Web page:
How to Quilt an Ohio Star Block
As we spend the year learning new skills and creating new blocks, we are also going to provide some inspiration and ideas on how to quilt your blocks. I show a few different ways to approach a quilting plan to help you decide how to quilt your block. The motifs and ideas I show can also be adapted to other blocks using the same shapes.
Quilt Within the Block Pieces
One way to approach a quilting plan is to work within the the piecing and filling in the shapes that are there. When choosing which designs to use, I like to pick ones that will contrast with each other. This will help to differentiate between the pieces and add interest to the quilt. You can contrast by switching between curved or angular designs, or you can also add contrast by mixing up the density.
Quilt Outside the Lines
Quilting doesn’t have to be limited to the shapes that are in the piecing. You can always create new shapes on top of the block, creating a whole new layer of design. You can quilt outside the lines a little or a lot. If you don’t know where to start, find points in the block that you can connect to break up the piecing. When first stepping outside the lines and your comfort zone, I suggest printing out multiple copies of the quilt design and doodling lots. Just start sketching and see where things take you. Don’t be afraid to start over. If you have one element you really like, work off of that until you are happy with the entire thing.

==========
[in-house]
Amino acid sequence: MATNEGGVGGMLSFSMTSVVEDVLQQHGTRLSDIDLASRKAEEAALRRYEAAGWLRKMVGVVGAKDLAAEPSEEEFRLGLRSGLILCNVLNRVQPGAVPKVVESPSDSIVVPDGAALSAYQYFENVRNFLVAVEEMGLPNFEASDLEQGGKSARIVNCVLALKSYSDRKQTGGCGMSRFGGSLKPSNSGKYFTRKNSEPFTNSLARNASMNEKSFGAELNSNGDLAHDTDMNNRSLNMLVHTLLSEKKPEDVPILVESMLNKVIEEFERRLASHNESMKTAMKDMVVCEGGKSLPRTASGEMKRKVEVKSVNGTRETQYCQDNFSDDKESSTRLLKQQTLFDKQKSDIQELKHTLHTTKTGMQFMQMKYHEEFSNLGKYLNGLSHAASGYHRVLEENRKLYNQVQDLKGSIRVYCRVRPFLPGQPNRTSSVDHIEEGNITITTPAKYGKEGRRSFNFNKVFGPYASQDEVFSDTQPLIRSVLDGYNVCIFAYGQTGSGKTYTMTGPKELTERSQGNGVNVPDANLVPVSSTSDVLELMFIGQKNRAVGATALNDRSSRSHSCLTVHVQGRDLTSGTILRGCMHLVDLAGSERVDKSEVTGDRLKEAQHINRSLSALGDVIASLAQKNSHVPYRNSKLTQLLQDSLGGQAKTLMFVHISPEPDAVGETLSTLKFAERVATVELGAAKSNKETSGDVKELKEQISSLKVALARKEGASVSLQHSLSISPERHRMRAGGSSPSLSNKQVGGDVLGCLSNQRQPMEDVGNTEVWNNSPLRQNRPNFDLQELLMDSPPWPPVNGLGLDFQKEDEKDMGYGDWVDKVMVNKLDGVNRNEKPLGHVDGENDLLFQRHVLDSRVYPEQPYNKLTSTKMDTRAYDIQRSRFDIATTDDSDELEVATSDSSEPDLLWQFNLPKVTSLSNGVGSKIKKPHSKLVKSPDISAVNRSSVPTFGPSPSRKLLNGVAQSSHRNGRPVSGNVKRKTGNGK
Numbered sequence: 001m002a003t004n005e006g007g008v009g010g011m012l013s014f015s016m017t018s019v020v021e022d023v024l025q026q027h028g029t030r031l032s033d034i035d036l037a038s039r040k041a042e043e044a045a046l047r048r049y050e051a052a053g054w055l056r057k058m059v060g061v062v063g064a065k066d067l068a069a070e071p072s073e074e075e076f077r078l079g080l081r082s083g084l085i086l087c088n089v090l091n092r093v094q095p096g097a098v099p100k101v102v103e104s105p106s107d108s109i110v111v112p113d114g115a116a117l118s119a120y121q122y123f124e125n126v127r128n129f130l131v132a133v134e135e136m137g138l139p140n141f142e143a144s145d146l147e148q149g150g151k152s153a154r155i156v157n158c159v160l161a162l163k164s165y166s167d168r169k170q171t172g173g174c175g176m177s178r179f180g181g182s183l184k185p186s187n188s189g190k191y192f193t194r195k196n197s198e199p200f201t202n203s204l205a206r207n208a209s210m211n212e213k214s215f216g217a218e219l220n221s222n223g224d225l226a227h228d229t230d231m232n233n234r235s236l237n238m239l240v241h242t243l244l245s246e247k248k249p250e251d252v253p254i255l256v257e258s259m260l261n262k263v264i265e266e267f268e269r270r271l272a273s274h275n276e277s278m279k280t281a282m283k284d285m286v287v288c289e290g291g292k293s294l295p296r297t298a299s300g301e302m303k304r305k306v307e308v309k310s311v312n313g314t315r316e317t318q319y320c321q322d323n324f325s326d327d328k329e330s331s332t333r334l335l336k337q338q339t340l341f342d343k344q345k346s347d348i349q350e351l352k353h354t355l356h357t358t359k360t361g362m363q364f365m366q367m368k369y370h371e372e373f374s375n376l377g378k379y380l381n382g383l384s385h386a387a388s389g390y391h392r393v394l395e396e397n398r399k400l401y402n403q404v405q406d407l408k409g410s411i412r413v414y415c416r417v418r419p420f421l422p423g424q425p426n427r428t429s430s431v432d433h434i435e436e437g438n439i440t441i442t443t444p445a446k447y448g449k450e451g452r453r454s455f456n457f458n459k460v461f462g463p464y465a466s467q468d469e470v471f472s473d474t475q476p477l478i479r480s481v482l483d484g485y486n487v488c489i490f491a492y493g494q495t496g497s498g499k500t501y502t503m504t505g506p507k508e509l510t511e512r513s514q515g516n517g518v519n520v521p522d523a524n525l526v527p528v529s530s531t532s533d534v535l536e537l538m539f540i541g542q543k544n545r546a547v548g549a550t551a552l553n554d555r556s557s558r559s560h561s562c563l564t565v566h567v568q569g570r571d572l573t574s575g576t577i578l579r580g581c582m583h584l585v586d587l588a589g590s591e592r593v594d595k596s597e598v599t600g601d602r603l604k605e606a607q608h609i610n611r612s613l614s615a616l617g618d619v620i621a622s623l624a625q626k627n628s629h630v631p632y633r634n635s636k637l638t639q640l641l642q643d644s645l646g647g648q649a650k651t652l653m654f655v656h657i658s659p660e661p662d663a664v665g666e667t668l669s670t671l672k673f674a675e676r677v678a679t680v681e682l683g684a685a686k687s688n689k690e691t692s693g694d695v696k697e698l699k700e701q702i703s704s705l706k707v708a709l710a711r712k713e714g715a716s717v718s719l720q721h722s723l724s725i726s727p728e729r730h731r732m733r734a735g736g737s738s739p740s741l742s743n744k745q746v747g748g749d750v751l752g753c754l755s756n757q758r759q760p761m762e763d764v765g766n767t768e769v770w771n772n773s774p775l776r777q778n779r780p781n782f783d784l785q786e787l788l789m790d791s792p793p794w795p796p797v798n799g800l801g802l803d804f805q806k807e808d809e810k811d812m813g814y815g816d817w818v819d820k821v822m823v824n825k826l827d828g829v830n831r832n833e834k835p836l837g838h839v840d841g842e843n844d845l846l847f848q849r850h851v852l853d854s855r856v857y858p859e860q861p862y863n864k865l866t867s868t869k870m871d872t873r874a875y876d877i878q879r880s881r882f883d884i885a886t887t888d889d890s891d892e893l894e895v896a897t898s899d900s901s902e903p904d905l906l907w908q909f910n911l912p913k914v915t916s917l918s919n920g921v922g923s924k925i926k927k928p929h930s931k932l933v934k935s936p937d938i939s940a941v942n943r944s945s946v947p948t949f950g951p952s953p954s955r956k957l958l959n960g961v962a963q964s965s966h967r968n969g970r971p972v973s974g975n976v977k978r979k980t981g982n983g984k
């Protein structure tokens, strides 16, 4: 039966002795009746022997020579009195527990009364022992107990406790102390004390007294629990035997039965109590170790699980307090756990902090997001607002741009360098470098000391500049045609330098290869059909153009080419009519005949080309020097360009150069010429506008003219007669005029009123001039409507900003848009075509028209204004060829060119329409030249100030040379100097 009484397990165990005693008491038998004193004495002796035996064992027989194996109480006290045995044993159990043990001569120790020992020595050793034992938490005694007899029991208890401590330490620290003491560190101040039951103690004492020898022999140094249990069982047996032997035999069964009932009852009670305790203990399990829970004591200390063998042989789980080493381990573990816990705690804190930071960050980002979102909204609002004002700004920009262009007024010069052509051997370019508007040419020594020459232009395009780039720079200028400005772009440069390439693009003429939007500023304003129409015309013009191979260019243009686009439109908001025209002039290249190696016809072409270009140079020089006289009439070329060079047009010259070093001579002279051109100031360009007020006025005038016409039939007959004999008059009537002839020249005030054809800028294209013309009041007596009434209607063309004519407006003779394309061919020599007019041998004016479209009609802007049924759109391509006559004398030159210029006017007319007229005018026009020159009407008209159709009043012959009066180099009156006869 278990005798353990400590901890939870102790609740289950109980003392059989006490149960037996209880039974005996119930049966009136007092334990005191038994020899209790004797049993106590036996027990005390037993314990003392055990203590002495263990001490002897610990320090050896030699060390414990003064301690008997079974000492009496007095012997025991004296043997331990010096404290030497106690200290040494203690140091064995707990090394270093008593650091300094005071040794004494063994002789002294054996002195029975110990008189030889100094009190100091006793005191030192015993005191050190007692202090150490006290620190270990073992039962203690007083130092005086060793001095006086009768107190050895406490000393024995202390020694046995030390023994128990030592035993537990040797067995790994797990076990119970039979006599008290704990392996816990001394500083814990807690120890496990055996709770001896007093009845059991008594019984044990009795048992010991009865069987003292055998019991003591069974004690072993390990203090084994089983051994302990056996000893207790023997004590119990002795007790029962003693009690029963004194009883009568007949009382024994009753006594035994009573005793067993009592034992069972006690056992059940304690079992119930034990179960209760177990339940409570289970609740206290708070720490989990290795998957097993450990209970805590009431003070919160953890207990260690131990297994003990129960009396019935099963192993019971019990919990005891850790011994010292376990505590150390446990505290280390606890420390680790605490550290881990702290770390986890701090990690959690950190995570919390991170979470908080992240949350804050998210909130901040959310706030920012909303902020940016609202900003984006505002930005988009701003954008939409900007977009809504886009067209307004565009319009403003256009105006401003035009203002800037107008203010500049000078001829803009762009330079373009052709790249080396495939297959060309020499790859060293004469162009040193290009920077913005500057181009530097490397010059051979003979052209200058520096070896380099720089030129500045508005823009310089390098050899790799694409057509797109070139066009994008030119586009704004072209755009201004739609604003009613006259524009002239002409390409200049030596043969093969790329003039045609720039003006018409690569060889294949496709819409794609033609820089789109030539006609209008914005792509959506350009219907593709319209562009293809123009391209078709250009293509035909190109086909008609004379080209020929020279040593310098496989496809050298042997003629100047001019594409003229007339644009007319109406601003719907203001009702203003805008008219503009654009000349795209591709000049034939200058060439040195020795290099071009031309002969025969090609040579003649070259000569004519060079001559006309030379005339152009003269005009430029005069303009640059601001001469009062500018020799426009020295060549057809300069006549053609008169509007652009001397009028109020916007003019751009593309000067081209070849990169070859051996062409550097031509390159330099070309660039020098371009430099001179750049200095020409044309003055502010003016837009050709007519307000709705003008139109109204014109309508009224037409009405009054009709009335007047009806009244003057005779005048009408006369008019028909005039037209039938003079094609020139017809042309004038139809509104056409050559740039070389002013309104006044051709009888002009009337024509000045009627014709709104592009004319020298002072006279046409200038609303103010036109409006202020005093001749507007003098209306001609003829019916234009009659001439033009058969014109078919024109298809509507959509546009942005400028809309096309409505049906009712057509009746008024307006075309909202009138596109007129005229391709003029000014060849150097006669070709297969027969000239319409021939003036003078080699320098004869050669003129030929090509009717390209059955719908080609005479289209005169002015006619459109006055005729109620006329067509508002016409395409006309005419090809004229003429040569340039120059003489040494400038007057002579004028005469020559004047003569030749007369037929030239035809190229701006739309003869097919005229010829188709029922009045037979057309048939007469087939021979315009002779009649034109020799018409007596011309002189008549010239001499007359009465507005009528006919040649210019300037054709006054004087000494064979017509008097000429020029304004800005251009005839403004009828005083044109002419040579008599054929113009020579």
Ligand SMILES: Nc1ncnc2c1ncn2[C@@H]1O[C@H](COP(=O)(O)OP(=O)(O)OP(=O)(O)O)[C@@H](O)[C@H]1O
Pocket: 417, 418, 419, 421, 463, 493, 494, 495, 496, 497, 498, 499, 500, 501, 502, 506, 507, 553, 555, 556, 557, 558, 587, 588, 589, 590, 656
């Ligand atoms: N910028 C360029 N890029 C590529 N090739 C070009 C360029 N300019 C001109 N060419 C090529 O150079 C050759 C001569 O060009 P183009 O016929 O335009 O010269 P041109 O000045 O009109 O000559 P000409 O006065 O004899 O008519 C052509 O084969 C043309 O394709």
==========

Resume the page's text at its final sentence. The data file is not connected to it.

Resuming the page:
Lots of Doodling
Whenever I’m working on a new quilting plan, I always print off a picture of the design, or take a picture of the quilt. Feel free to download and print off the image below so that you can practice and doodle as you are deciding how to quilt your block and coming up with different designs.
Quilting the Background
With this quilt, I designed all of the blocks to float. None of the blocks have defined edges. While this works well for the design, it can create a lot of negative space that needs to be addressed with the quilting. When approaching designs with irregular negative space, I always start by breaking the designs down. I look for implied shapes, sometimes obvious, sometimes not so much. After identifying these implied shapes I will outline them and then I can start to figure out how I’m going to fill them in. There are always multiple ways you can break up the space, so play around with it, see what you can come up with and how it alters the final look of the quilt.
As you develop your quilting plans for your blocks, make sure to stash them away with your quilt blocks. By the end of the year, you’ll have your whole quilting plan done and be ready to finish your top so you can use it.